I felt myself drifting back through time. Watching the world going by beneath us, I realized it looked more or less the same as it did in the 1930’s. Tractors plowed dirt fields leaving huge clouds of dust to fend for themselves. The seeded grain fields, newly green and growing, created a beautiful contrast in the morning sun. Grain elevators rose up from the prairie like prophets of fortune. Towns surrounded them, like a congregation seeking salvation in the elevators offering.

Our small flight was a flying circus , a group of barnstormers in colorful, rag-tag airplanes that had been assembled in garages and hangars. Each plane was as unique as the pilot flying it. We were vagabonds roaming the summer sky until we reached our destination. Once there, we’d over-fly the area, just like the flyers of old, the noise of our motors attracting the attention of those less fortunate souls on the ground. The townspeople, drawn by the spectacle, would no doubt rush out to the nearby airfield in hopes of getting a closer look at these unusual craft and the courageous men who flew them.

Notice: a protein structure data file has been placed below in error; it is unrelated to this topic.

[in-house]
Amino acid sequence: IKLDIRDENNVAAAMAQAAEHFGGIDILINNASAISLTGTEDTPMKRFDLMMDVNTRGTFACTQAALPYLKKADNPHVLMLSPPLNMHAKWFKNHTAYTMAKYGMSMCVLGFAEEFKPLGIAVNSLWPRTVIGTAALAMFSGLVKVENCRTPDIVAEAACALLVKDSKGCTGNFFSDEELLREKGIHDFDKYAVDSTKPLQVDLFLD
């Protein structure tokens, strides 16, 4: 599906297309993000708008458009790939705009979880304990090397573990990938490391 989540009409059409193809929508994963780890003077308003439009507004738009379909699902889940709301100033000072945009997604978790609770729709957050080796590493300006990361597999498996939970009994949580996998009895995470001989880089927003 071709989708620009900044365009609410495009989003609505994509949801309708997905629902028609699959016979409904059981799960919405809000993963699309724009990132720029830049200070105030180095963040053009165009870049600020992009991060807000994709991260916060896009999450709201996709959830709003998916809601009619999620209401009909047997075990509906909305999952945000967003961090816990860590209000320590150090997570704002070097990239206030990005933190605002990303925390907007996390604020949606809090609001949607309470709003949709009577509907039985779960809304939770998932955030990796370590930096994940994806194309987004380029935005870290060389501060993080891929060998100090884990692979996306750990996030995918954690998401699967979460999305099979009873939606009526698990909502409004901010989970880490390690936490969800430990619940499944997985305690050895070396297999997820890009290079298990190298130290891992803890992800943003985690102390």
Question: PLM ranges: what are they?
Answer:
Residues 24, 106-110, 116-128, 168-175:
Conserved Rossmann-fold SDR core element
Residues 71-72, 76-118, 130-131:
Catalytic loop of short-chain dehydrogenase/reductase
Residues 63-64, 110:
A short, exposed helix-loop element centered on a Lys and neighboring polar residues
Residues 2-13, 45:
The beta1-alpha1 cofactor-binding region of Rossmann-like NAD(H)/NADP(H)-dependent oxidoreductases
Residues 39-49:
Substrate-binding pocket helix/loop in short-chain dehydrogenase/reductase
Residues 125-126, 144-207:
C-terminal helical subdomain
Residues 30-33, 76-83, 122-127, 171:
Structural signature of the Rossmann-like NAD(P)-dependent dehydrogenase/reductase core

As we passed the town of Irricana I heard a familiar voice in my earphones. It was Don. He said he was about 15 minutes behind us. I assigned him a call sign and smiled to myself, pleased that he’d made it after all.

We continued northward as we watched the world unfold. Bob called to let me know we were near the Beiseker airport. He said he’d switch frequencies and let any local traffic know about our position and destination. He did the same thing a few miles later as we neared the Acme strip.